Influence of Recycled Expanded Polystyrene for Sustainable Structural Concrete
Damian Mateo Villa, Jennifer S. Patino, Daniel E. Mogrovejo, and Janneth G. Bernal
Appears on pages(s):
alternative concrete; expanded polystyrene (EPS); optimum; physical-mechanical characteristics; sustainability
Polystyrene represents a substantial problem for the environment, as it is not properly recycled. Hence, this work seeks to demonstrate that concrete in which recycled expanded polystyrene (EPS) replaces a portion of the fine aggregate maintains adequate physical and mechanical characteristics while improving its economic and environmental sustainability. This fact is proven by evaluating concrete samples from standardized tests to determine their characteristics, as well as by implementing life-cycle assessment (LCA) and life-cycle cost analysis (LCCA).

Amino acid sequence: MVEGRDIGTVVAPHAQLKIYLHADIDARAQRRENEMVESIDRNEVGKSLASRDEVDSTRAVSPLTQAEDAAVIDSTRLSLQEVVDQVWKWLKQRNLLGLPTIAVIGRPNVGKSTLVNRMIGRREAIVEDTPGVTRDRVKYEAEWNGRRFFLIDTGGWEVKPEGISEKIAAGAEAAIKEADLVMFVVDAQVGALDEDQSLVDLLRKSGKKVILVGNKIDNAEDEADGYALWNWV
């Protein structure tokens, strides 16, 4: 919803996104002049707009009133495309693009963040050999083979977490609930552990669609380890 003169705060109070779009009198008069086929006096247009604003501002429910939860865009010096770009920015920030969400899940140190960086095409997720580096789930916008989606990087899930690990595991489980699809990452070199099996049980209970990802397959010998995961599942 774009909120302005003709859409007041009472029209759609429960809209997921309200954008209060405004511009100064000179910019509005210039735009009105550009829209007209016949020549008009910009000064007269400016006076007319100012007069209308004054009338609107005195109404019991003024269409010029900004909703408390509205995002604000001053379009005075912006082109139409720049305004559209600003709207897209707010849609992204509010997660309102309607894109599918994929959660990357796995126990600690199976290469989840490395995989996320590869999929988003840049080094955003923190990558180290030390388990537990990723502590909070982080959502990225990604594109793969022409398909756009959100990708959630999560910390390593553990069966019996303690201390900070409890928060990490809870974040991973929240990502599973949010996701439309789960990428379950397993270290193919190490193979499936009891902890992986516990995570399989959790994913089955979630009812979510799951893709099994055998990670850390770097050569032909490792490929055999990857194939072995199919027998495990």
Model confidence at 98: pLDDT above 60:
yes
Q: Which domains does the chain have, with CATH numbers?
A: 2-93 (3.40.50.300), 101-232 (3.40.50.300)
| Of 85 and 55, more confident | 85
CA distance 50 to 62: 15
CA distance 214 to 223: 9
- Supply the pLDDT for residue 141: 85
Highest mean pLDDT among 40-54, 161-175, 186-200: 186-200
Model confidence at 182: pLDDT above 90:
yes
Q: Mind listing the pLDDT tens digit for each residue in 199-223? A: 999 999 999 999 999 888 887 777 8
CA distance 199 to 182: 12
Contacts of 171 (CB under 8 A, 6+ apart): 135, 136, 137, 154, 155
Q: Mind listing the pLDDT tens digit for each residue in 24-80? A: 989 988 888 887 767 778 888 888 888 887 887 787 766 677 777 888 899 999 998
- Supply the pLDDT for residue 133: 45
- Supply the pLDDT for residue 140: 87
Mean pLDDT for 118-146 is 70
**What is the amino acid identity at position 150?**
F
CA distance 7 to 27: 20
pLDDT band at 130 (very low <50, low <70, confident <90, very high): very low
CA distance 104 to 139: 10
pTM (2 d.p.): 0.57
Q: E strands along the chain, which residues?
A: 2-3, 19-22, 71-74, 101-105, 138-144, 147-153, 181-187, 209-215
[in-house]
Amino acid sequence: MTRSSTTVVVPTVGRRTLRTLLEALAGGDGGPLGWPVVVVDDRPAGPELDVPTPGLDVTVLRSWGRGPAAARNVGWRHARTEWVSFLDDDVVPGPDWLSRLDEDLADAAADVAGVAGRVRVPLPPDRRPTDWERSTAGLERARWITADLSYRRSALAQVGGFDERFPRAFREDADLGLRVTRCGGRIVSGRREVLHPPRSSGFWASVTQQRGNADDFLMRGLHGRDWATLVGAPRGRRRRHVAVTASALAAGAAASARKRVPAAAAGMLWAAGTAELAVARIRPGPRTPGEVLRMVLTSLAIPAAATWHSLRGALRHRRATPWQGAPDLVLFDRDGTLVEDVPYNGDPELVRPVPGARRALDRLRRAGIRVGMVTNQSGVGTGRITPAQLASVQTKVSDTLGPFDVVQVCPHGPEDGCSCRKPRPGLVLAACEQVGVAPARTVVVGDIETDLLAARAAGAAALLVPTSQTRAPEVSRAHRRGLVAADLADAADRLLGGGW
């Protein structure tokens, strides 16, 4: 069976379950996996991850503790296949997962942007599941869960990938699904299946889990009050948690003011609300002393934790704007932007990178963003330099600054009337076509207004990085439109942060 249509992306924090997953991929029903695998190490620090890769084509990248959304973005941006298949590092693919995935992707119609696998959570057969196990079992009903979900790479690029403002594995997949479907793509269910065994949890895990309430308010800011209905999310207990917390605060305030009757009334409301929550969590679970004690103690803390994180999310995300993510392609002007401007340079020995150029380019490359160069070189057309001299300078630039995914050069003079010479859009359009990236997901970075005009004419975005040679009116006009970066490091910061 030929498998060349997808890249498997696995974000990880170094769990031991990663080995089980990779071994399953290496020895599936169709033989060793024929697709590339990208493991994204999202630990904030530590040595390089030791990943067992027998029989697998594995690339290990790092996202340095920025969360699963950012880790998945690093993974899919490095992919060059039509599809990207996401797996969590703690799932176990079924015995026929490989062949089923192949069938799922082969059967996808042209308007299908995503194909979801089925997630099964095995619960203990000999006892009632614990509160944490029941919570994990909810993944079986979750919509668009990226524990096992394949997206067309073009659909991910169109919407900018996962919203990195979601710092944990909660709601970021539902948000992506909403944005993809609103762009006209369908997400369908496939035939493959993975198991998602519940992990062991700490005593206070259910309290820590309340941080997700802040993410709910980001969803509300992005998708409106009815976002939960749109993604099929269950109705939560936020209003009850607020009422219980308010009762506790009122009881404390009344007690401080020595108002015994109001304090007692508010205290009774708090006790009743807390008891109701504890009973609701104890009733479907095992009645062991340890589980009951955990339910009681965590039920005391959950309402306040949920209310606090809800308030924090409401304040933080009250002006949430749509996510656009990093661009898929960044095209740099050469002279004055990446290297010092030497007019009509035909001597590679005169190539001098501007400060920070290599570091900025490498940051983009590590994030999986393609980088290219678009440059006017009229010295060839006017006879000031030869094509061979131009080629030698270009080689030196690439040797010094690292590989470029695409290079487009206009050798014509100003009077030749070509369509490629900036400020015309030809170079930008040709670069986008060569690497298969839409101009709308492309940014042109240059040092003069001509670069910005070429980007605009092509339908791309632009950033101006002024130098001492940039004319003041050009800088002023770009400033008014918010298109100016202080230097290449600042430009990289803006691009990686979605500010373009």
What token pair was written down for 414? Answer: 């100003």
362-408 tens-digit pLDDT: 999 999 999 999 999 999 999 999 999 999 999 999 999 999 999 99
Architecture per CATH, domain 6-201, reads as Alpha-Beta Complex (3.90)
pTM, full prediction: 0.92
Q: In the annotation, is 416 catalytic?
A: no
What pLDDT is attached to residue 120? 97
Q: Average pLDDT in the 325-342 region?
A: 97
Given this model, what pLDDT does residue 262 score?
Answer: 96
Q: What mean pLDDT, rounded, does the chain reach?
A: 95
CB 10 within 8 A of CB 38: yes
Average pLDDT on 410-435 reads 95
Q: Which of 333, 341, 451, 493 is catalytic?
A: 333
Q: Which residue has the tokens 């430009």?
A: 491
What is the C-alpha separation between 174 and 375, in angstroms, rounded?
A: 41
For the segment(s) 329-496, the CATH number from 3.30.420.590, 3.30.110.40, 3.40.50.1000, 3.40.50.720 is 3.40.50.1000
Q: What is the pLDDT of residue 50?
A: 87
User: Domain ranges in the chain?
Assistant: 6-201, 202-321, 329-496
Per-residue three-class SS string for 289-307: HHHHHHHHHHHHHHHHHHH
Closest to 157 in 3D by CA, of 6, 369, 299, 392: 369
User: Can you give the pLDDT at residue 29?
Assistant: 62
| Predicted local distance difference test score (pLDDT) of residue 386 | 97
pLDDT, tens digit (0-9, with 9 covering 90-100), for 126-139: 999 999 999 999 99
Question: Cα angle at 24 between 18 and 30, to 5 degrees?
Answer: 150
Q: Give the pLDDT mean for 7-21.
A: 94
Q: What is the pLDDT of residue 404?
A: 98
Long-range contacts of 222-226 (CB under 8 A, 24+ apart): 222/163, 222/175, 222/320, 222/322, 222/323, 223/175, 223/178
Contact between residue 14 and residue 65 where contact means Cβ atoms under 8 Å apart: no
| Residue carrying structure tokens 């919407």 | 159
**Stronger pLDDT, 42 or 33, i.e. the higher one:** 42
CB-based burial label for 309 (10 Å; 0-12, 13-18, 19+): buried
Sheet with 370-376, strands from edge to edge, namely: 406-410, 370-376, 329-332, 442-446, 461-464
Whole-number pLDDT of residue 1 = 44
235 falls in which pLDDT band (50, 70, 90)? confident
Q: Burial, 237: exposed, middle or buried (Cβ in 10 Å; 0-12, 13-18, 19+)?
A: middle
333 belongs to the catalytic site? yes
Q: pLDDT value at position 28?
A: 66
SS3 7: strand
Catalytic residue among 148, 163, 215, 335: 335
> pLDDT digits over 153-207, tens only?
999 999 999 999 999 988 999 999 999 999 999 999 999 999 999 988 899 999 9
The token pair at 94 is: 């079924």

Results show that with a replacement of a 100% bulk ratio of
EPS instead of fine aggregate, concrete workability, density, and compressive strength decrease up to 50% ( 2648 N/cm2 [3840 psi] concrete), 15% (2942 N/cm2 [4267 psi] concrete), and 29% (2354 N/cm2 [3414 psi] concrete), respectively, with regard to conventional concrete properties. In addition, EPS generates up to 4.2% of abrasive wear on its surface, according to 2648 N/cm2 (3840 psi) concrete with a replacement of 100% of EPS. Otherwise, a good decrease in temperature transfer up to 7°C (12.6°F) is reached in 2354 N/cm2 (3414 psi) concrete with a replacement of 100% of EPS. Furthermore, it reduces 15% of CO2 emissions and saves 16% in energy consumption with a minimal 7% increase in costs based on 2942 N/cm2 (4267 psi) concrete with a replacement of 88.2% of EPS. Finally, using a multi-criteria analysis, the optimum percentage of EPS in a 2648 N/cm2 (3840 psi) concrete is as high as 87%.